Mountain View Naturals, LLC, wants to set up a medical marijuana dispensary in The Dalles but the city council has temporarily banned that type of business.
Dick Gassman, director of the city’s Planning and Community Development Department, said the corporation’s application for a change of use at 300 E. Fourth St. was submitted April 7 by attorney Bradley M. Steinman of Portland.
The application will be given the review to make sure it meets standard conditions, said Gassmen, but it will be noted that no decision can be made until the moratorium enacted April 14 is lifted. Mountain View also has to obtain a state license to dispense cannabis products, which Steinman told the council has become much more difficult with a crop of stringent new regulations developed by the Oregon Health Authority.
Mayor Steve Lawrence said voters could decide in November to legalize pot and state law would then pre-empt local control, thereby forcing an end to the moratorium. He said there could also be a legal challenge against the bans recommended by the League of Oregon Cities from May 1 until the same date next year.
Gene Parker, city attorney, said the opportunity for a moratorium had been granted by the legislature to provide local governments with time to figure out how to regulate legal sales of marijuana, if at all. Some cities have chosen to do nothing to stop the establishment of dispensaries but 71 have imposed a ban. Medford is fighting dispensaries on the basis that marijuana distribution is illegal by federal law, which trumps state approval.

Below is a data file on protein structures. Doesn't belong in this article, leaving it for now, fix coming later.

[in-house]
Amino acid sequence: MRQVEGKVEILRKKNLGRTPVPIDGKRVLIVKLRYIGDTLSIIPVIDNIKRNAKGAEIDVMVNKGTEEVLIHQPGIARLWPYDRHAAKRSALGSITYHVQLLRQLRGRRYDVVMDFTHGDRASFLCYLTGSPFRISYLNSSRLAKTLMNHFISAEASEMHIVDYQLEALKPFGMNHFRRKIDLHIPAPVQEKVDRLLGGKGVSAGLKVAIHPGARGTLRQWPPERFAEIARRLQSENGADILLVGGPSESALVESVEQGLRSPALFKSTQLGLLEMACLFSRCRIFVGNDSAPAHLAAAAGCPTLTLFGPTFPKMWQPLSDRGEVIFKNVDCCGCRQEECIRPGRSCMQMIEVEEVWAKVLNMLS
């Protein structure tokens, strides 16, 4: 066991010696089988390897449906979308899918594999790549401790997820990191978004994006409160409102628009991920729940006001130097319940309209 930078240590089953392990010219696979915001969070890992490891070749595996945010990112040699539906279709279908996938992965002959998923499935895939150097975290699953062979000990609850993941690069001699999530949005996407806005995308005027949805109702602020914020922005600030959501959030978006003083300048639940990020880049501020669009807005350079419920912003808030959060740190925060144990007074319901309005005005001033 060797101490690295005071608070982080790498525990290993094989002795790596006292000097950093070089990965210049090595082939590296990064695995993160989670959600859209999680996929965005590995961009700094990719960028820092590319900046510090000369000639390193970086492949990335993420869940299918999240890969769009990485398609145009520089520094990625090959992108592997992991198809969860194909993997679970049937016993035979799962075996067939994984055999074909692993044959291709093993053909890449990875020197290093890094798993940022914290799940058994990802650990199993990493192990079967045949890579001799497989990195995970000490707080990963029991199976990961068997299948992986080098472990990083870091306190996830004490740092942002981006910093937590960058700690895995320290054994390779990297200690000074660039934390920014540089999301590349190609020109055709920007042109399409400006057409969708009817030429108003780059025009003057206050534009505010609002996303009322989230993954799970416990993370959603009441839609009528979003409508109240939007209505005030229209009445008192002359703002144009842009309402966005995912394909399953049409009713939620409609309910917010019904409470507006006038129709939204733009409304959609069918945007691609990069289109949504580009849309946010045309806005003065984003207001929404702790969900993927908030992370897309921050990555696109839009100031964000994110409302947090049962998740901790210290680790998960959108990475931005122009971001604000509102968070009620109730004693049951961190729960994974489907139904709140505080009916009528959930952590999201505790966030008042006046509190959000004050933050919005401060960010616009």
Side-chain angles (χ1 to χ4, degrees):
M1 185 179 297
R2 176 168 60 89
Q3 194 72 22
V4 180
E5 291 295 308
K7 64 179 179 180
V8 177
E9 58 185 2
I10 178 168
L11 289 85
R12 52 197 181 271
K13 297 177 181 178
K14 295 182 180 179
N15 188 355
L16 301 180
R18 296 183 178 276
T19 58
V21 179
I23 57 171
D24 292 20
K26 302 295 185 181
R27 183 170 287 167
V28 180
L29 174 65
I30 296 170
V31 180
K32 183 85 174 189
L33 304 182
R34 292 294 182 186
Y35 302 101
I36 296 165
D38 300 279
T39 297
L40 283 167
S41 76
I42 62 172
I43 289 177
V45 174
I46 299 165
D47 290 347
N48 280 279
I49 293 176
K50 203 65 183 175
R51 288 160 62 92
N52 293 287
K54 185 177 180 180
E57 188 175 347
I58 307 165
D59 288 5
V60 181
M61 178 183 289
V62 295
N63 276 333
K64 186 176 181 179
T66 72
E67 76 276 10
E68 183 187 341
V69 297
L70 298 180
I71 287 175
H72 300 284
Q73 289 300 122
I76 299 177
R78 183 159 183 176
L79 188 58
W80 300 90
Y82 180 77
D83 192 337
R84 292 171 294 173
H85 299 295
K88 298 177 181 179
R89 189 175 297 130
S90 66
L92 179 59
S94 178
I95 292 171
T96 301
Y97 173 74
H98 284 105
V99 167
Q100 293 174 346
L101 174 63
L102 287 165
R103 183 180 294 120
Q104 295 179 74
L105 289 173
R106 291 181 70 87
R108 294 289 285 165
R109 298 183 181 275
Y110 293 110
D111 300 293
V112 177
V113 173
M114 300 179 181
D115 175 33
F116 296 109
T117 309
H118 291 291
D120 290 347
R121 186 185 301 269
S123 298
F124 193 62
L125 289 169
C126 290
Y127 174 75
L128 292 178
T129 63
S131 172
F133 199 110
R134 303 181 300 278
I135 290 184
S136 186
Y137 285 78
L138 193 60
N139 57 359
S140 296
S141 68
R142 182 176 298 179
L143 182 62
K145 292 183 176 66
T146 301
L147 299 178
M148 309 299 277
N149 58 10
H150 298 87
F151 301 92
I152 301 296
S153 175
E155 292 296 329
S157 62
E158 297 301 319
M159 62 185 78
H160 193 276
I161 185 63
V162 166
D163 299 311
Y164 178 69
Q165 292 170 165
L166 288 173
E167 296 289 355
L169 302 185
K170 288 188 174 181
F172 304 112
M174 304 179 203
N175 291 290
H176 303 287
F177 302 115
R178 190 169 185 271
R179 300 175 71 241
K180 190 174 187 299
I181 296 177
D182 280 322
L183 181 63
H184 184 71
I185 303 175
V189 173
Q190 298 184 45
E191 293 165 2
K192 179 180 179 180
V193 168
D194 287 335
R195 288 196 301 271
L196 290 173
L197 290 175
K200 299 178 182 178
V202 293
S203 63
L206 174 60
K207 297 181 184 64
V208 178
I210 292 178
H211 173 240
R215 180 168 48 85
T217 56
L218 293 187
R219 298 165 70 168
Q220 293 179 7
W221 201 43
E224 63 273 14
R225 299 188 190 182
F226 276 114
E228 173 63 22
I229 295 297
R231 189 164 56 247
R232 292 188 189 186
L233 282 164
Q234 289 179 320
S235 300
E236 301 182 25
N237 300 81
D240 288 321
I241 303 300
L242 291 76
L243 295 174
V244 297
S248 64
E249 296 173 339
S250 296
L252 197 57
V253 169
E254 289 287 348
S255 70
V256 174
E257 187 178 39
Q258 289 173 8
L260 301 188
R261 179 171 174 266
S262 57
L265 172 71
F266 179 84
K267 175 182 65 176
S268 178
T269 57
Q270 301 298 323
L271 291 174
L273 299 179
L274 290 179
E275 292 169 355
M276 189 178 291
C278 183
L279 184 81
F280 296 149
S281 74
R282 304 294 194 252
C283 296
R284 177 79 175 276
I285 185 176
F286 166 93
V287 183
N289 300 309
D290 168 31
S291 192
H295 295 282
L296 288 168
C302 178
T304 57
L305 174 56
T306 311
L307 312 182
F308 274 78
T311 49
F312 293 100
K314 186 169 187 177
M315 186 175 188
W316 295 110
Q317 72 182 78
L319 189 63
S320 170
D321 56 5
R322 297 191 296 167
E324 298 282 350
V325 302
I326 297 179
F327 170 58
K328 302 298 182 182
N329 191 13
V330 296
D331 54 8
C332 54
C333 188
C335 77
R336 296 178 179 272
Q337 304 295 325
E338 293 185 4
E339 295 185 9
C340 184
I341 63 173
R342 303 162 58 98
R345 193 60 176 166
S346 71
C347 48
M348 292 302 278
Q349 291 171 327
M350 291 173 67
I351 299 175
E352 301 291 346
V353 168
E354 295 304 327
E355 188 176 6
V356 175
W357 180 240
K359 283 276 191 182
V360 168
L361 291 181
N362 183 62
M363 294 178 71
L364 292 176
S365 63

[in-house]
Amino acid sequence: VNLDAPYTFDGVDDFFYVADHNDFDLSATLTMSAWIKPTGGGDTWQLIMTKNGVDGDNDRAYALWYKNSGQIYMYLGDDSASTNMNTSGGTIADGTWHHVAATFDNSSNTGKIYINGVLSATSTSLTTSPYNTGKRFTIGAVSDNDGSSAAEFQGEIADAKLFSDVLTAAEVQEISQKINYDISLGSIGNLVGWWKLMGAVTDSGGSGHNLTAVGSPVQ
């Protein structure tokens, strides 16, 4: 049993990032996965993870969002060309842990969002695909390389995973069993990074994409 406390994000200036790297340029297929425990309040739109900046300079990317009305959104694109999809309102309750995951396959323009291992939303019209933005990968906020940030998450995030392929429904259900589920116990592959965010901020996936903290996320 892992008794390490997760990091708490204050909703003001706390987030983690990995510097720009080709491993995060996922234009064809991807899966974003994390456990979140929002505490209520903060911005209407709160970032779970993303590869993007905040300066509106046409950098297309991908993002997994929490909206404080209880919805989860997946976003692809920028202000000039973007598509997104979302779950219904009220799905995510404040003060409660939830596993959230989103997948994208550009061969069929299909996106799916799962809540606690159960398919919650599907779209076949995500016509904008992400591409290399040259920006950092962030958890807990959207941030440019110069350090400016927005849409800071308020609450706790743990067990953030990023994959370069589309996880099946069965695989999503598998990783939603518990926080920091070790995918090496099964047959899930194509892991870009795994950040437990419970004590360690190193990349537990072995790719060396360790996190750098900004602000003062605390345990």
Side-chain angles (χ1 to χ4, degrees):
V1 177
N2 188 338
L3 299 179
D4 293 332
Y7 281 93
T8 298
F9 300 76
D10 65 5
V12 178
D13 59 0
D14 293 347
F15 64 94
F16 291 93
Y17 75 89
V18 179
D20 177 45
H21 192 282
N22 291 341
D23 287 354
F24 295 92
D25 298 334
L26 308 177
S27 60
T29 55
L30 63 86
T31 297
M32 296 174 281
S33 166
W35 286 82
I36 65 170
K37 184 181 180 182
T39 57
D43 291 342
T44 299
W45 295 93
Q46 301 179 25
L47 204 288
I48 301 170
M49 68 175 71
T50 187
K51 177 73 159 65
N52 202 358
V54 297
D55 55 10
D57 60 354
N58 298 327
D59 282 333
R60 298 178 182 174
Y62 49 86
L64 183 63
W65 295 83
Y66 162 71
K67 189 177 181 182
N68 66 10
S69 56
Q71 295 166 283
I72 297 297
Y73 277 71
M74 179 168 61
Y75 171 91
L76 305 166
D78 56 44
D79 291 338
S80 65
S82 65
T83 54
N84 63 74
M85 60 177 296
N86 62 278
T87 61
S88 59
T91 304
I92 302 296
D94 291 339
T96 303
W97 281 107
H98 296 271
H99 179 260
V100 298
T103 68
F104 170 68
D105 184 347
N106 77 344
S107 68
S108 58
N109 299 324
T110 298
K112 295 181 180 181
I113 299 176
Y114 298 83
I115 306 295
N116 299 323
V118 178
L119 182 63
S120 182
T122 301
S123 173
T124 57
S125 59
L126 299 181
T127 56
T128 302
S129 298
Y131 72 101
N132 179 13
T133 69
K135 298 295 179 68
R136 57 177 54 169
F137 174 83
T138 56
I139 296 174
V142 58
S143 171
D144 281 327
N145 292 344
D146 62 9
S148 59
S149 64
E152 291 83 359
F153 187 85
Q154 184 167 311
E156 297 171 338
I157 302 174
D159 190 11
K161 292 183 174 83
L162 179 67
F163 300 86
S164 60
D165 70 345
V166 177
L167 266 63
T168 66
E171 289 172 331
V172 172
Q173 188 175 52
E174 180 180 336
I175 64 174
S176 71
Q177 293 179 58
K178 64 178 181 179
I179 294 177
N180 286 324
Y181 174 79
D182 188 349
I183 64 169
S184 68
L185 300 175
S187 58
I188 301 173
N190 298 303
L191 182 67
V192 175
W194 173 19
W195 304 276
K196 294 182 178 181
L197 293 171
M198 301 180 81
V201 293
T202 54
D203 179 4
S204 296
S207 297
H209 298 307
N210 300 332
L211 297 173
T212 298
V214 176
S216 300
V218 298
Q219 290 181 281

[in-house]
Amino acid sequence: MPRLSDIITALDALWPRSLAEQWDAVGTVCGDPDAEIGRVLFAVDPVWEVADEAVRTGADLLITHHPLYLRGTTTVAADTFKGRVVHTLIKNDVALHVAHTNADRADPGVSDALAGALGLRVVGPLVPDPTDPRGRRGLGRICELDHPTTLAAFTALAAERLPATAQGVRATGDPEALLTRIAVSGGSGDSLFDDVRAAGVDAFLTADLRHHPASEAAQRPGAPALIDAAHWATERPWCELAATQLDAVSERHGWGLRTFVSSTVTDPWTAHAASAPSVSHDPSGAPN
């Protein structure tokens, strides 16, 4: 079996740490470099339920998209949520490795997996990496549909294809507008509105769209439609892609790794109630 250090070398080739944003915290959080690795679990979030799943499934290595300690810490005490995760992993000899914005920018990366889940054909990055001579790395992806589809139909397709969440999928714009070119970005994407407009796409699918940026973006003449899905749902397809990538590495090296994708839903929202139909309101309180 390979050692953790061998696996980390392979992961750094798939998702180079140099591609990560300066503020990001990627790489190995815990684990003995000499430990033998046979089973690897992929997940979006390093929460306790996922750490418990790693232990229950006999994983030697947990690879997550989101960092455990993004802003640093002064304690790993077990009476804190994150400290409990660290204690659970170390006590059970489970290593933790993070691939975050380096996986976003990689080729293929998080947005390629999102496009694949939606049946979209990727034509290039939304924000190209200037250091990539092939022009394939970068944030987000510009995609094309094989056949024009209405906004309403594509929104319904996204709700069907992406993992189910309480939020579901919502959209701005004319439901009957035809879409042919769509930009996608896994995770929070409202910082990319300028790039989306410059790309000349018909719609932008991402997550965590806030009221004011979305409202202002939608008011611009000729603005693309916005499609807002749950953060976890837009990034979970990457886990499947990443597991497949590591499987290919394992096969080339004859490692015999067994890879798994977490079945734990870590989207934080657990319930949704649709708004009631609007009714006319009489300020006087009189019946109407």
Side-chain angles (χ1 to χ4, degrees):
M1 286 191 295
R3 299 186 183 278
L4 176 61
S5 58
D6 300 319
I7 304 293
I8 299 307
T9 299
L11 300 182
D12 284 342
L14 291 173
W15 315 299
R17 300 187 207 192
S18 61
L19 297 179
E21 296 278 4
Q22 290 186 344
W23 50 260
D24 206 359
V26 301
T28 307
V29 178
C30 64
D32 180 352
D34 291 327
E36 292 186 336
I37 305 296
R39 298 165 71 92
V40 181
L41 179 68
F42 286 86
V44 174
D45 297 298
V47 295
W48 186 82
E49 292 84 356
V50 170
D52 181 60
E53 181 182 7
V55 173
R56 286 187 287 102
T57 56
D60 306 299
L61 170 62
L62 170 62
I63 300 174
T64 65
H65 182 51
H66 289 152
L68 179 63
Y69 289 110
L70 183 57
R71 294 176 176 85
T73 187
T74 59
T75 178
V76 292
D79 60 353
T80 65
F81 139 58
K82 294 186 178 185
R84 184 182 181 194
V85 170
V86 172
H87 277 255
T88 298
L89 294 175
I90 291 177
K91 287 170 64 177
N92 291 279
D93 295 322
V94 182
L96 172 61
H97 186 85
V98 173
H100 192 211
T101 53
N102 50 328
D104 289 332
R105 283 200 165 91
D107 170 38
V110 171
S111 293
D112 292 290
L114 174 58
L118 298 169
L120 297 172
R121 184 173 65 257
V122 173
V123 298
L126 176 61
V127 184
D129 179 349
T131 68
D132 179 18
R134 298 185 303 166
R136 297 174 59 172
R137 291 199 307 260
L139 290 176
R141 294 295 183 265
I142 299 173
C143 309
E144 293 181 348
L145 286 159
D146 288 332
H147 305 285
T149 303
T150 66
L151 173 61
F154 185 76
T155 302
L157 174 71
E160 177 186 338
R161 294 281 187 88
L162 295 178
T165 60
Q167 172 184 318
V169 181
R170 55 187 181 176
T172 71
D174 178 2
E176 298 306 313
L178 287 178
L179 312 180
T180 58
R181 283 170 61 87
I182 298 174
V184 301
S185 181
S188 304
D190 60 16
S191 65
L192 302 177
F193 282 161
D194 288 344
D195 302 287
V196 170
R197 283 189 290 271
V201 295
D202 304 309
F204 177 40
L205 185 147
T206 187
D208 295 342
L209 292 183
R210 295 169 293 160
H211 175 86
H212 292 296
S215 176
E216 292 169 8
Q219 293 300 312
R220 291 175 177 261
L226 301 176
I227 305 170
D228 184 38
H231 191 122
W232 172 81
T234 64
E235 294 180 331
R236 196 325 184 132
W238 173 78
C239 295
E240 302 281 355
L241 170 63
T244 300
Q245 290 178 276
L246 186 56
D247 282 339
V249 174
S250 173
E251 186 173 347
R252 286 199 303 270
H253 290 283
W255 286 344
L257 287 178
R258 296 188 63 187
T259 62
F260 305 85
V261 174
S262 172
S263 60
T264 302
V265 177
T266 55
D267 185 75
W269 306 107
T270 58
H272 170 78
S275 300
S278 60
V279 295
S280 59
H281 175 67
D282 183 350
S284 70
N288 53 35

“I felt the moratorium was the most legally defensible position given the state of the law at this time,” said Parker.
Councilor Bill Dick said it was important for the city to hear from as many residents and businesses as possible before imposing a ban. He said reports of children buying marijuana from medical card holders was of concern and needed to be given further scrutiny.
“Let the community study this and it will get sorted out,” he said, gaining agreement from Councilor Tim McGlothlin, who seconded his motion for the moratorium.
“It’s not taking a pro or con stand on marijuana usage, it’s simply taking an unbiased look,” said McGlothlin. He told Steinman, who was present at Monday’s hearing, that if the corporation obtained state approval for a dispensary, city officials could revisit the issue.
“I think we need to get our ducks in a row right now,” said Councilor Linda Miller.
An amendment to the proposed ordinance that allows the council to rescind the ban at any time was inserted by Councilor Dan Spatz and seconded by Miller.
“The intent is that we take the initiative to study the issue and be prepared to rescind the ordinance before May 1, 2015,” said Spatz.
Councilor Carolyn Wood was not present for the hearing that drew a standing room only crowd into city hall.
Steinman said in both written and verbal testimony at the April 14 hearing that the Medical Marijuana Dispensary Program in Oregon had processed 213 of the 313 applications – and licensed only 42 — it had received since March 3, when the state opened the system to applicants.